In this episode, we look at the biggest law and religion case at the Supreme Court last term, Fulton v. City of Philadelphia, and the two most significant such cases on the Court’s docket for the new term so far. The first, Carson v. Makin, looks like it could be a major case on the issue of whether the state may distinguish between “status” and “use” in deciding whether to exclude a religious school from its tuition aid programs. The second, Ramirez v. Collier, concerns a RLUIPA challenge to a Texas restriction on what ministers and clergy may do in capital cases in ministering inside the execution chamber. Listen in!
- The Department of Justice announced that it has filed suit in a Texas federal district court to prevent the state of Texas from enforcing Texas’ “heartbeat” abortion ban.
- In Memphis Center for Reproductive Health, et al v. Slatery, the Sixth Circuit upheld a federal judge’s decision to block a Tennessee law restricting abortion. The Tennessee law prohibited abortions once a fetal heartbeat was detected and for certain other reasons, such as a fetal Down syndrome diagnosis or the sex or race of the fetus.
- In Chaaban v. City of Detroit, a Michigan federal court held that corrections officials who forced a Muslim woman to remove her hijab for a booking photograph after her arrest were not entitled to qualified immunity on her free exercise violation claims.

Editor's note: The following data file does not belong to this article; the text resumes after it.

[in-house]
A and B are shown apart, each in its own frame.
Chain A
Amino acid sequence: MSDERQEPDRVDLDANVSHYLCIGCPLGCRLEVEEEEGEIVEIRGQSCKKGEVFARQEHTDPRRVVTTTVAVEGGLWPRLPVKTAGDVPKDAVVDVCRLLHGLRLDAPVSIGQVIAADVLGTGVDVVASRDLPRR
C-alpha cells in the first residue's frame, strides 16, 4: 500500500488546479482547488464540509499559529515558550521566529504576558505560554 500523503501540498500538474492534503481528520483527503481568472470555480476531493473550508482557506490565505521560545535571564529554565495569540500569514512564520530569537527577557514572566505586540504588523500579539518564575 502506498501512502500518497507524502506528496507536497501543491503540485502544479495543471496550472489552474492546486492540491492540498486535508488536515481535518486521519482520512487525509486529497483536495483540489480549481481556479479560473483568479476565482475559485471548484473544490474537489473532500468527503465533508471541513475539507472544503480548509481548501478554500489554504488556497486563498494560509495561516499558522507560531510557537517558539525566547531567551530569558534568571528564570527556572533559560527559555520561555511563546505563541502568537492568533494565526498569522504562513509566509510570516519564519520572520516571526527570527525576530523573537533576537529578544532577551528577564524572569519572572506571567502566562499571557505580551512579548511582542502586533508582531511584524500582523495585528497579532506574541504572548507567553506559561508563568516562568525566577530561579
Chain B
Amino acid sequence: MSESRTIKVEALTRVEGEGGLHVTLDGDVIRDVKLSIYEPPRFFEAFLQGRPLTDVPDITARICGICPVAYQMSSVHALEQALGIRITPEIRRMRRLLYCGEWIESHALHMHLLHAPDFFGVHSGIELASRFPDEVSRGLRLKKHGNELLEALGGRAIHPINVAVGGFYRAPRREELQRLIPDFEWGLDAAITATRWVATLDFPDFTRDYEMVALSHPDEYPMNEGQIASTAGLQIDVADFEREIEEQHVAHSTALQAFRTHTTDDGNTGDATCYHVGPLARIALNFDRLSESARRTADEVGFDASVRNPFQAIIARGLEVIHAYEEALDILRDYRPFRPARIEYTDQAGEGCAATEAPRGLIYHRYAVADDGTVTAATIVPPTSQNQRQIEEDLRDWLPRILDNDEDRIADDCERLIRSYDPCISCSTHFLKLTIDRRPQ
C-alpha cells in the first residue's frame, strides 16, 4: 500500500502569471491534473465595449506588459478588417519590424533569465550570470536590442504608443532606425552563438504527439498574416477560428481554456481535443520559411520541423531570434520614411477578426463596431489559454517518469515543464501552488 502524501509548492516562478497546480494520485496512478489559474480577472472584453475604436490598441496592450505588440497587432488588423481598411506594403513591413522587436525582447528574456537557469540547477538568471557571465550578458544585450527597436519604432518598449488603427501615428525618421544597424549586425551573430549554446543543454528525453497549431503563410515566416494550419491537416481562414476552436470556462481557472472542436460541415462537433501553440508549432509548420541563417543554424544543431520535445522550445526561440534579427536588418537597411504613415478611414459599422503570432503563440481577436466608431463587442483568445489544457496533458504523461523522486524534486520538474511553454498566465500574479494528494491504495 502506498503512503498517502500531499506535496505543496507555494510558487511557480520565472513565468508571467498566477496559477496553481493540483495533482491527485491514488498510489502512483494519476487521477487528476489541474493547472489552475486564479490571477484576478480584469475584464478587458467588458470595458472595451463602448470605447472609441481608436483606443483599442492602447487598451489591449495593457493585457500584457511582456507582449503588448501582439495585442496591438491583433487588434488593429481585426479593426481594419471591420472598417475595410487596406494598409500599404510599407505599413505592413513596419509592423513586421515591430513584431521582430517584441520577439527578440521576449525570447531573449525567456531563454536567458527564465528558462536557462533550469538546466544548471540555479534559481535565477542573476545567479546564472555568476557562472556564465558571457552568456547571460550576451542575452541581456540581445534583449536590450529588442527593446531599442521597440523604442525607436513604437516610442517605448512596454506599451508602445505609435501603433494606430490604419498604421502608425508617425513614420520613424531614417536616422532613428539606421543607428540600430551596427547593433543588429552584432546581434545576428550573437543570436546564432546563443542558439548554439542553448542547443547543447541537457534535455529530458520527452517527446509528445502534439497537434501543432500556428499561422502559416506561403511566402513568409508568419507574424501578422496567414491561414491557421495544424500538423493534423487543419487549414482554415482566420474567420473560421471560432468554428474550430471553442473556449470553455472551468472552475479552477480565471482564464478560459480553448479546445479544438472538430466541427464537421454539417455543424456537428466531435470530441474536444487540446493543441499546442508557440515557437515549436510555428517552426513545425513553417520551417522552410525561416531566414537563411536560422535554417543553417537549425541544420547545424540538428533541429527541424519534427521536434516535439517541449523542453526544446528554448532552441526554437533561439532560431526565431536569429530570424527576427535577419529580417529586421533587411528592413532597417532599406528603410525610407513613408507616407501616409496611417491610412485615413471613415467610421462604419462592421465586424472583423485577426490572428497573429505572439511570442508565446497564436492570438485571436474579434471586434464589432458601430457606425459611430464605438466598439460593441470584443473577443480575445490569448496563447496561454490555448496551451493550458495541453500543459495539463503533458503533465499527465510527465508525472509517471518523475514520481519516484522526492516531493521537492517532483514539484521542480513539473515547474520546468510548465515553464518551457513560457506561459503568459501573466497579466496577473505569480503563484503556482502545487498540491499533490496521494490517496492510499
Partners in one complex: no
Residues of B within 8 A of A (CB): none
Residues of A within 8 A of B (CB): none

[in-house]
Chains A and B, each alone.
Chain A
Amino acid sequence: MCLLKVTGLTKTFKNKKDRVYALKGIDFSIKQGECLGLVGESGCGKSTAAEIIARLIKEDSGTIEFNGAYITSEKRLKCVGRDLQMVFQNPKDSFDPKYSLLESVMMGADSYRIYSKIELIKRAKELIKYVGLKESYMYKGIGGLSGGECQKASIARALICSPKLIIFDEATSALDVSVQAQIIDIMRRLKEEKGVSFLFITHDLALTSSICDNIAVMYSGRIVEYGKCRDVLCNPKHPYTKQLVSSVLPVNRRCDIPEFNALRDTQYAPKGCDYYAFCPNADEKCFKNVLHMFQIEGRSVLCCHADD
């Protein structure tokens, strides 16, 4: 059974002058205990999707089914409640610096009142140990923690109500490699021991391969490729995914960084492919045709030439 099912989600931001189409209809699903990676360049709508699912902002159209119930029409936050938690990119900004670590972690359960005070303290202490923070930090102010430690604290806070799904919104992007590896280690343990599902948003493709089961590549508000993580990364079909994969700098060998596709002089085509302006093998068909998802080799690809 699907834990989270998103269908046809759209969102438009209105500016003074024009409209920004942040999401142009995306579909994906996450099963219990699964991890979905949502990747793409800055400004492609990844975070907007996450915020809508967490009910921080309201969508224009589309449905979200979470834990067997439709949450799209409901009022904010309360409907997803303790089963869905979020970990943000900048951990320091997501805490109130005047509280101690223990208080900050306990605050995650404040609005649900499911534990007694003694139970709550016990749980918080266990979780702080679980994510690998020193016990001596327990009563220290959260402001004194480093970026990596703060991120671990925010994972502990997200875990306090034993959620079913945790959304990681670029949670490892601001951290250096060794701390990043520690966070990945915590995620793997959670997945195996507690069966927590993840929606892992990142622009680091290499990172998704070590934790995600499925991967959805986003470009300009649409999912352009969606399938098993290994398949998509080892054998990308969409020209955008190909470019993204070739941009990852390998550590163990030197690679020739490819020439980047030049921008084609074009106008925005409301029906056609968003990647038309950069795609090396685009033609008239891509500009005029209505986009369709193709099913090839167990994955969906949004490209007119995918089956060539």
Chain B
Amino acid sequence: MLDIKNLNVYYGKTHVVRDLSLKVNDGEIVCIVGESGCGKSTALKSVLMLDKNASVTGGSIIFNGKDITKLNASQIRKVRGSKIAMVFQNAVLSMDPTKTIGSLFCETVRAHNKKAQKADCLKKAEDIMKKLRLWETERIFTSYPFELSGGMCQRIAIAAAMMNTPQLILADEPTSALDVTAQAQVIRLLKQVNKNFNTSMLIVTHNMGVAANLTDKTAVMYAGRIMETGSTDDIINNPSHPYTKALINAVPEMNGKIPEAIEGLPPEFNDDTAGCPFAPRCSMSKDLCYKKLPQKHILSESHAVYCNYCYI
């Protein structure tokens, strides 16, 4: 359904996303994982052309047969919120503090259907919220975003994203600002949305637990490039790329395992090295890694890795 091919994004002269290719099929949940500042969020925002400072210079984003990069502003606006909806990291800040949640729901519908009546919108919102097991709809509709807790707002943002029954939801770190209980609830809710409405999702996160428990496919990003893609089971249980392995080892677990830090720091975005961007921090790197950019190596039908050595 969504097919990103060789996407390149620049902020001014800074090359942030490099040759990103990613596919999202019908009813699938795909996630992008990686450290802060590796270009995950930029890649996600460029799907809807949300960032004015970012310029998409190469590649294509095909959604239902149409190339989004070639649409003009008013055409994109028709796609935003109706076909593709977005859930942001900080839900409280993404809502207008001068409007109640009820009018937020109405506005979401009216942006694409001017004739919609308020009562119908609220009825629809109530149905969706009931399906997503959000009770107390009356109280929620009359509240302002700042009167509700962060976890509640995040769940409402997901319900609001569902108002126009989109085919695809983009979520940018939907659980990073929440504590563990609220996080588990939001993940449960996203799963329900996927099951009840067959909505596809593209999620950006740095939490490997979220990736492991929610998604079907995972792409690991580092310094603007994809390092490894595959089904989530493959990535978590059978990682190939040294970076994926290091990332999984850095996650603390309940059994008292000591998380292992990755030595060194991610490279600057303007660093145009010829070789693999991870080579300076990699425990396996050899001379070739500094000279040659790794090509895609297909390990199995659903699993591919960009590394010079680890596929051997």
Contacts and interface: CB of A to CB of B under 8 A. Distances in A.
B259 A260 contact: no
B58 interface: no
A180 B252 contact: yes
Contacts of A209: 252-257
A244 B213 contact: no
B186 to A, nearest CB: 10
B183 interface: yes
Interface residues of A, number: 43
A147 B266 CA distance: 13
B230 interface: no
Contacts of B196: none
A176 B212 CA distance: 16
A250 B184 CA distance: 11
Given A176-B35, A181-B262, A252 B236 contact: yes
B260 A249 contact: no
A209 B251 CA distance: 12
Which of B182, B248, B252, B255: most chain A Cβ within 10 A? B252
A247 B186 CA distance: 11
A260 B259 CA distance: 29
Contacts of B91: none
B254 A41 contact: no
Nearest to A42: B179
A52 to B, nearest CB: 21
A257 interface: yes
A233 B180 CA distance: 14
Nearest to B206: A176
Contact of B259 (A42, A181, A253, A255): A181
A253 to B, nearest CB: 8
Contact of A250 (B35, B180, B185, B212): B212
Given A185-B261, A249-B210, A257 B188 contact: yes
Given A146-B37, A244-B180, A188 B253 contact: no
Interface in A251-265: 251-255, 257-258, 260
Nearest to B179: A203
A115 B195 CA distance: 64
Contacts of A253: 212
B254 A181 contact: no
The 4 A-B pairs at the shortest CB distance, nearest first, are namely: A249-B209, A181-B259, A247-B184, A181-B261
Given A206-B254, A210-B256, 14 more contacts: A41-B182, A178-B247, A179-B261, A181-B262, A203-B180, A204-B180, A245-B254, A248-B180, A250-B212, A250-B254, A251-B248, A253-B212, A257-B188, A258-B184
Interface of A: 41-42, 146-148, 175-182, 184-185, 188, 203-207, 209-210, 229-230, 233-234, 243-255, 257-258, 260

- In John Doe I v. Hochul, health care workers in New York are challenging the absence of religious exemptions in New York State’s mandate that all health care workers receive a COVID-19 vaccine.
- In St. Michael’s Media v. City of Baltimore, a Catholic group filed suit in federal district court in Maryland against the city of Baltimore for requiring the cancellation of a scheduled prayer rally.
- In Ramaekers v. Creighton University, four students sued Creighton University, a Jesuit-affiliated school, for denying their request to obtain religious exemptions from the COVID-19 vaccine mandate. The university currently allows students to request medical exemptions but does not allow exemptions based on religious objections.
- India’s Supreme Court dismissed a “forced conversion” case against a Catholic priest who organized a group of theology students to sing Christmas carols.